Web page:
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The creators of Netflix's The Crown explain why sometimes its necessary to forsake accuracy, but never truth, in a drama based on real events
The lavish ten-part Netflix series became another outstanding triumph for writer Peter Morgan and a distinguished team . Critics noted a “startling attention to detail in everything from costumes to sets” and thought it hard to see how it could be better.
The show set out to tell the inside story of the most famous addresses in the world, Buckingham Palace and 10 Downing Street, and it did just that, exploring the intrigues, love lives and machinations of post-war Britain.
Our reaction to a major change of any kind usually goes in phases…
Avoidance (“I’m not going to look”)
Denial (“I’ve looked but I don’t believe it”)
Fear (“We’re doomed”)
Panic (“I just need to do something”)
Response (“Ok – maybe there is something practical I can do”)
Acceptance (“Well that wasn’t so bad”)
British TV has been fairly consistent in following this pattern when it has faced transformative change in the sector in the past.
“I think everyone can relate to that [feeling]” comments the 34-year-old. “When you’re 16 and you think everything’s conspiring against you.”
The award-winning drama garnered a cult following almost overnight earlier this year when it debuted on Channel 4 and shortly followed globally on Netflix.
Chaired by CNBC business presenter Nadine Dereza, “Online TV – not just Netflix” boasted a panel of Lawrence Elman, co-founder of subscription channel Docsville; Tom Clifford, CEO of History Hit; and online comic Eline Van Der Velden, who has made the jump to terrestrial TV with BBC Three’s Miss Holland.
Daniel Battsek landed the Film4 top job in July 2016. His friend David Abraham, then Chief Executive of Channel 4, had brought him in to spearhead the broadcaster’s feature-film strategy.
But less than a year after Battsek arrived, Abraham announced that he was leaving. In the ensuing management changes, former Shine Group CEO Alex Mahon was hired to replace Abraham. Battsek, flush with the success of Three Billboards Outside Ebbing, Missouri, is unfazed by the shake-up.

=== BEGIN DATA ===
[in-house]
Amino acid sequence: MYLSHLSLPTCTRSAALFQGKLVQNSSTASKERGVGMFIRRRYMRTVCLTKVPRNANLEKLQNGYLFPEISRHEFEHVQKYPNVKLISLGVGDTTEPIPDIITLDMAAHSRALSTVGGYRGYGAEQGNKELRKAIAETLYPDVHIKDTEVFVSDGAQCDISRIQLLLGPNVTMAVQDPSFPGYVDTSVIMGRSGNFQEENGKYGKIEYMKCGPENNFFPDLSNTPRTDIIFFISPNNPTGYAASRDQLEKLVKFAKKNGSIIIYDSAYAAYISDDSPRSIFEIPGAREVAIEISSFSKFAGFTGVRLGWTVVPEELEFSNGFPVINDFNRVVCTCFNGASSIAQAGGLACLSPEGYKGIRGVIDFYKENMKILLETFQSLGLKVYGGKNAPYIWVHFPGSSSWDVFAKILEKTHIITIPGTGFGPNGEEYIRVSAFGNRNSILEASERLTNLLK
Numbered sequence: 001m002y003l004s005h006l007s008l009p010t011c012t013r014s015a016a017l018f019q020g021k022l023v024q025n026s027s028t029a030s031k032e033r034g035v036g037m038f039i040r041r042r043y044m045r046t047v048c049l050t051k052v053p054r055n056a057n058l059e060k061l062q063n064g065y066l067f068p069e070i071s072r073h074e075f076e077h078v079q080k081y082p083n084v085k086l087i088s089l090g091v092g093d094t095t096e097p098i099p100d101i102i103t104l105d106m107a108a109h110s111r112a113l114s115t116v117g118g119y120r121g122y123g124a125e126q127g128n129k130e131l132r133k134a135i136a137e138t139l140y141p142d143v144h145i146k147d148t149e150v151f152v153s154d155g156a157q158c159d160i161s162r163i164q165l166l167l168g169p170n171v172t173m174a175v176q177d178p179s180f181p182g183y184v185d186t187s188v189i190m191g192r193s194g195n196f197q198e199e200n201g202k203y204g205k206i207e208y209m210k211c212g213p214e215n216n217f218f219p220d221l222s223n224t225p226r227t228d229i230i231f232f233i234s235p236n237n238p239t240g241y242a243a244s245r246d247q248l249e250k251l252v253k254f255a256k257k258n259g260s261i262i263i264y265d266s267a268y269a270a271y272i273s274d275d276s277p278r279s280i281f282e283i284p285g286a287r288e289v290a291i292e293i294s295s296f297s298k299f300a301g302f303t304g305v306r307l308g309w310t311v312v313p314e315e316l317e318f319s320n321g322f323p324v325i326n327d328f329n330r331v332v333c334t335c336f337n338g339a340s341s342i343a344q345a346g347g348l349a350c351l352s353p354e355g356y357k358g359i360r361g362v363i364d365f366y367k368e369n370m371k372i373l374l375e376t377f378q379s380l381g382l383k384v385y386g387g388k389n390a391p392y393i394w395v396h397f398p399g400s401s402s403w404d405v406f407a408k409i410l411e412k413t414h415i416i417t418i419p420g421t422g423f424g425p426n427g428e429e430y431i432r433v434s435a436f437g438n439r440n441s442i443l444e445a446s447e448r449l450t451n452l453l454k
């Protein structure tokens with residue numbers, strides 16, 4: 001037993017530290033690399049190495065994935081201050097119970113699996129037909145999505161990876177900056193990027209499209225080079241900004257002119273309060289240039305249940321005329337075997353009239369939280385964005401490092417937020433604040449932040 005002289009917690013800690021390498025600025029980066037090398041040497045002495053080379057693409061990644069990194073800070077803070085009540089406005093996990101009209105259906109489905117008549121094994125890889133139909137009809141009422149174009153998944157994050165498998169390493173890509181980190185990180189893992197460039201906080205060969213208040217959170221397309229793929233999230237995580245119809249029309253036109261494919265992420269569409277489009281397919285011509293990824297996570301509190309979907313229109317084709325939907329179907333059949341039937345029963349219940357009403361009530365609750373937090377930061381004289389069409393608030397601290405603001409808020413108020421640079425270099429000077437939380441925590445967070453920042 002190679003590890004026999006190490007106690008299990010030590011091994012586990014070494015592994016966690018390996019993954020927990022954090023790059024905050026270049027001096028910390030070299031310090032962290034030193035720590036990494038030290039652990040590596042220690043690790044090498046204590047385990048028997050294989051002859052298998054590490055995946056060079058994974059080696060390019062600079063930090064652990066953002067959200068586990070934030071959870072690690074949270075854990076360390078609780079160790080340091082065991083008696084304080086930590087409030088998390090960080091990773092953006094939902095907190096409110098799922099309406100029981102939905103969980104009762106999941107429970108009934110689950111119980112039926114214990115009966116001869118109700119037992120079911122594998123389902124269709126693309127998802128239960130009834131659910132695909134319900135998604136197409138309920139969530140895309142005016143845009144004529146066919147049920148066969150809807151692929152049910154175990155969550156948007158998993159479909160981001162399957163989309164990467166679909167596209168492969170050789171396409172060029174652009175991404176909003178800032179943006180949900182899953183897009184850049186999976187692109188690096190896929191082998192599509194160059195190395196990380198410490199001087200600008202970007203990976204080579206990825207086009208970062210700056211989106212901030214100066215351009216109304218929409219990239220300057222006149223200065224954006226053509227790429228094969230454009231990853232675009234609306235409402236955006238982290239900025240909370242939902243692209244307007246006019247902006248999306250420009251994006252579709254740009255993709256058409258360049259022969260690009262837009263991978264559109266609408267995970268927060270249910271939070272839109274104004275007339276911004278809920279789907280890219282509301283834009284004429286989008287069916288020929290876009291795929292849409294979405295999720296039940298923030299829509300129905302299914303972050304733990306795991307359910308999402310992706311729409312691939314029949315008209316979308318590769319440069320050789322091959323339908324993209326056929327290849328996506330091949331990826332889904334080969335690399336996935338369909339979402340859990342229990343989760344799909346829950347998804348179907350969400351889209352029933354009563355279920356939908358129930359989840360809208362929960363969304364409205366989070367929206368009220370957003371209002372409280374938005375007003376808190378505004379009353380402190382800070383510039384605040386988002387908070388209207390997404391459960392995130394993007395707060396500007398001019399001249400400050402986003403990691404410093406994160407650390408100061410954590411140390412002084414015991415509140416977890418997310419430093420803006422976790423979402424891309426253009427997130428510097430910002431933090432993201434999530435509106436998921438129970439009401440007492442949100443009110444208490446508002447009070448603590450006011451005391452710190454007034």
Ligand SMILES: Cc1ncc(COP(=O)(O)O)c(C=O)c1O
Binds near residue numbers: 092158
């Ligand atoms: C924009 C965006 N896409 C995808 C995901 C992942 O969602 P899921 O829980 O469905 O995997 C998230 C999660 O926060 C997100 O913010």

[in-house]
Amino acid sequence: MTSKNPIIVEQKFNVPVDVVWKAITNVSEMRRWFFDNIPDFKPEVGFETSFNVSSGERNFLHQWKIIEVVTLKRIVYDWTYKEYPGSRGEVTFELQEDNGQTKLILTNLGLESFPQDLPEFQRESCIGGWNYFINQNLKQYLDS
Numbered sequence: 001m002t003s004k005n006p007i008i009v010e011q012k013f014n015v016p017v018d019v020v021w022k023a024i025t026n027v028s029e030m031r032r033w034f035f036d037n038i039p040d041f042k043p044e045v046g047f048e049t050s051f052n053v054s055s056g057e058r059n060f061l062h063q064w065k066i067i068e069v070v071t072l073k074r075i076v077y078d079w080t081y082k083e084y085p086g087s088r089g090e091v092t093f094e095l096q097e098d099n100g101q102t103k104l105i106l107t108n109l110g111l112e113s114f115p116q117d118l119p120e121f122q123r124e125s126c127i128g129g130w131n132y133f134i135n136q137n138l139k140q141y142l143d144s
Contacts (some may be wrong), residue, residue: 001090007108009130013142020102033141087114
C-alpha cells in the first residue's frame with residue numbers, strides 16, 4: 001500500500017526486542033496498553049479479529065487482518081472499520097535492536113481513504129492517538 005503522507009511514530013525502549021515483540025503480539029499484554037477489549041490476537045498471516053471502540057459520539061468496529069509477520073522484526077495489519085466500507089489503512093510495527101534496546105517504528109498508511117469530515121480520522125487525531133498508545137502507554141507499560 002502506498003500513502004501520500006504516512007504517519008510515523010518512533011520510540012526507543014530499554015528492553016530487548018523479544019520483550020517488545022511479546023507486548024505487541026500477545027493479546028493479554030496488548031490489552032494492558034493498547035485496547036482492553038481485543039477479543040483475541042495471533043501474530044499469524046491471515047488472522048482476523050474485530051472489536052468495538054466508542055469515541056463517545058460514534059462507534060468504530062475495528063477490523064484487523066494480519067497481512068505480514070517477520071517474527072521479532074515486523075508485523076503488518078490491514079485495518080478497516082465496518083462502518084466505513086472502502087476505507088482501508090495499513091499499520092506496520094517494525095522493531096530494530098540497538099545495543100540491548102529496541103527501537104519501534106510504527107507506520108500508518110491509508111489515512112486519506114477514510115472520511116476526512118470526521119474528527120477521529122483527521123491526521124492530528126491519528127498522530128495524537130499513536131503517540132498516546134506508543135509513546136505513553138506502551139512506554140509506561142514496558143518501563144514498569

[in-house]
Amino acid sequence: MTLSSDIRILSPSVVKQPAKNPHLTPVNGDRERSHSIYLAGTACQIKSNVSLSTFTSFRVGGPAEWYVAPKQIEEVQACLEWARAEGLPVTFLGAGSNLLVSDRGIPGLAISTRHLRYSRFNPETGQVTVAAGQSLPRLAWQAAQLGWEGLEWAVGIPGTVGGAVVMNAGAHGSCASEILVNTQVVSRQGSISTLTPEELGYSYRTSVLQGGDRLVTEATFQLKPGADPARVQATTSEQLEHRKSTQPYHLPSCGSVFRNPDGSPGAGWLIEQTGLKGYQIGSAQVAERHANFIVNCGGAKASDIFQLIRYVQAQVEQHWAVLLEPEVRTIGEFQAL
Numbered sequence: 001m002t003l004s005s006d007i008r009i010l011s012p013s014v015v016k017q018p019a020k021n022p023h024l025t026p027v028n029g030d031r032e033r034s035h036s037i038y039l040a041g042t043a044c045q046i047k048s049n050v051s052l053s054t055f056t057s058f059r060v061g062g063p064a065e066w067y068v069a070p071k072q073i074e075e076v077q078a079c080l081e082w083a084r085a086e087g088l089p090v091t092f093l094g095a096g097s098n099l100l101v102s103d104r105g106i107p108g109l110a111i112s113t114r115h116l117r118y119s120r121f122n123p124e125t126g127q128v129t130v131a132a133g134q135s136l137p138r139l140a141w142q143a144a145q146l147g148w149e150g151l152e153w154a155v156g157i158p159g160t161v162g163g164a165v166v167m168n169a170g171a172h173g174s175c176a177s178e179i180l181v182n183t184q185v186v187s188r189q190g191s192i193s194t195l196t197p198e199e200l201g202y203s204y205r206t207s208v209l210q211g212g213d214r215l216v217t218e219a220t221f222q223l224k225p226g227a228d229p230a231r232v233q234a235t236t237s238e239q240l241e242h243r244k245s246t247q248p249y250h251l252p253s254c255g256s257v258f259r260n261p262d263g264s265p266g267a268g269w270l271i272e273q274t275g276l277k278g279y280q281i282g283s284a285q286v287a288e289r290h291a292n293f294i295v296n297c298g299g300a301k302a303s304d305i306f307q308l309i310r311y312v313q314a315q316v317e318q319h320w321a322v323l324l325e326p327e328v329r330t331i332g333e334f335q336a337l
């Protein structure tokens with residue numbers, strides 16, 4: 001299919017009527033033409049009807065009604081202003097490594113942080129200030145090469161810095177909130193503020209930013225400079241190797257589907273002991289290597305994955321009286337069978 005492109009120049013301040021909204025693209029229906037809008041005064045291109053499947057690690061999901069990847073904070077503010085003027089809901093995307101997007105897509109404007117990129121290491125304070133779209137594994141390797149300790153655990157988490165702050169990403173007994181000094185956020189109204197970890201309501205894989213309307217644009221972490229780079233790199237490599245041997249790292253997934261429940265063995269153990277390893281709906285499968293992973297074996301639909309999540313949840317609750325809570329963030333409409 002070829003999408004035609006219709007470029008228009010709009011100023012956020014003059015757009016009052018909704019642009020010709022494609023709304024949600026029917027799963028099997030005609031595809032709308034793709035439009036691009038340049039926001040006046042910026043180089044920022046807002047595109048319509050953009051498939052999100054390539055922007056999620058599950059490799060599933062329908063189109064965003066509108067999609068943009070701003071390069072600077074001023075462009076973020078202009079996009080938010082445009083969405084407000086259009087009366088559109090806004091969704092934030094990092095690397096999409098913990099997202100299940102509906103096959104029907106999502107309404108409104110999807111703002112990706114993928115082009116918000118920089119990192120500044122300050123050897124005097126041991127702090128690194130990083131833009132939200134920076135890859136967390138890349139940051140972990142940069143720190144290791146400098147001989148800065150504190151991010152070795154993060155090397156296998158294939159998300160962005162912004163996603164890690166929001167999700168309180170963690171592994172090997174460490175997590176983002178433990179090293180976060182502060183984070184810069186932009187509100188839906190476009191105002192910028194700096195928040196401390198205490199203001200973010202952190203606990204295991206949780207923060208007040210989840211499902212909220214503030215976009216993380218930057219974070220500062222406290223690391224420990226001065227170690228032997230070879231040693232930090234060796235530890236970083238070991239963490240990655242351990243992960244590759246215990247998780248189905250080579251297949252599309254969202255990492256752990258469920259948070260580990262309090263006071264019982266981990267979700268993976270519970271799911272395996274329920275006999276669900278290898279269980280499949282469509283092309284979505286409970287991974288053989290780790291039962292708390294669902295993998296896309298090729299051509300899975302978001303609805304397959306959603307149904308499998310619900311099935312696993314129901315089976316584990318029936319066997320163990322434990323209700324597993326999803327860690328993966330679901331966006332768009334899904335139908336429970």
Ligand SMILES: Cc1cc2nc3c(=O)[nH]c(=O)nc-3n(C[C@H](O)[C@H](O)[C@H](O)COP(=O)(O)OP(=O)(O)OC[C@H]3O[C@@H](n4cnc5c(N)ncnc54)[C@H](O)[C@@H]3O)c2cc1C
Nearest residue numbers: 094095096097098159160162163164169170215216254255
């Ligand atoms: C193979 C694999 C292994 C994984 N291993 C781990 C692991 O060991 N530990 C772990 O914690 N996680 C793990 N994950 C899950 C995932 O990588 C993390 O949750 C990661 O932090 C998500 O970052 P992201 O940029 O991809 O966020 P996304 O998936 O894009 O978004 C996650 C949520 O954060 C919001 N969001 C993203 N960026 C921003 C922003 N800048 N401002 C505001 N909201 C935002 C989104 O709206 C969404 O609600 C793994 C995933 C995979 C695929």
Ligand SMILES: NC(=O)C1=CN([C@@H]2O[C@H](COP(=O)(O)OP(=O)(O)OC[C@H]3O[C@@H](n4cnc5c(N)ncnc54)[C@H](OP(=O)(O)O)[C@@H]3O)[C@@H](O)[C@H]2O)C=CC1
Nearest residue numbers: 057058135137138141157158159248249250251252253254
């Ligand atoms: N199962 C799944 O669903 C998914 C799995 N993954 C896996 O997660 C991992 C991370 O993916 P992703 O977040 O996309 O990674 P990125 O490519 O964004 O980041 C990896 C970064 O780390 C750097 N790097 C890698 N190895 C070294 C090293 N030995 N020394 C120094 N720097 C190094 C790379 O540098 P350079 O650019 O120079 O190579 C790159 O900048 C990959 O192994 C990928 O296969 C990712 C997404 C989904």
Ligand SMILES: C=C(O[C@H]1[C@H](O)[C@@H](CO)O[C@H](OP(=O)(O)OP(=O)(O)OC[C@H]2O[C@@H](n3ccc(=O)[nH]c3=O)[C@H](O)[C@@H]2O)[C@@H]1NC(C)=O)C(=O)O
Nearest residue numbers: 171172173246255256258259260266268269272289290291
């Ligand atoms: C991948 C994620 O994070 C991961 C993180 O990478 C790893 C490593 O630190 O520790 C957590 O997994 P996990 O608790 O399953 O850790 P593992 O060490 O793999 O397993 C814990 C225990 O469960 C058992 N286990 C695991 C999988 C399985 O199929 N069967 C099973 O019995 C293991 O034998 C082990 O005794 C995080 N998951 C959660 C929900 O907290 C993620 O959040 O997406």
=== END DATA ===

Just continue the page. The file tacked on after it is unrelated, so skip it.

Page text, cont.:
The 10-part documentary series, I Am a Killer, profiles ten prisoners who have been convicted of murder and sentenced to death. The series was produced by A+E Networks UK in partnership with Netflix and Sky Vision Productions.
RTS Award winner Michaela Coel sits down with us at the RTS Programme Awards 2018 to reflect on two years of success since winning the inaugural RTS Breakthrough Award in 2016.
Chewing Gum won three awards at the 2016 RTS awards, and has since gone on to win Baftas. The show is shown around the world, however it was Michaela's work on the recent series of Charlie Brooker's Black Mirror that really shot her to international attention.
Sometimes, a single show can change the way a broadcaster or a platform is perceived. For the US streaming service Hulu, The Handmaid’s Tale – based on Margaret Atwood’s dystopian novel – has been one such show.
The 10-part series was made for Hulu by MGM Television (Hulu does not have in-house production capabilities) and quickly became water-cooler viewing on both sides of the Atlantic. It went on to win multiple awards, including a Primetime Emmy for Outstanding Drama Series and a brace of Golden Globes.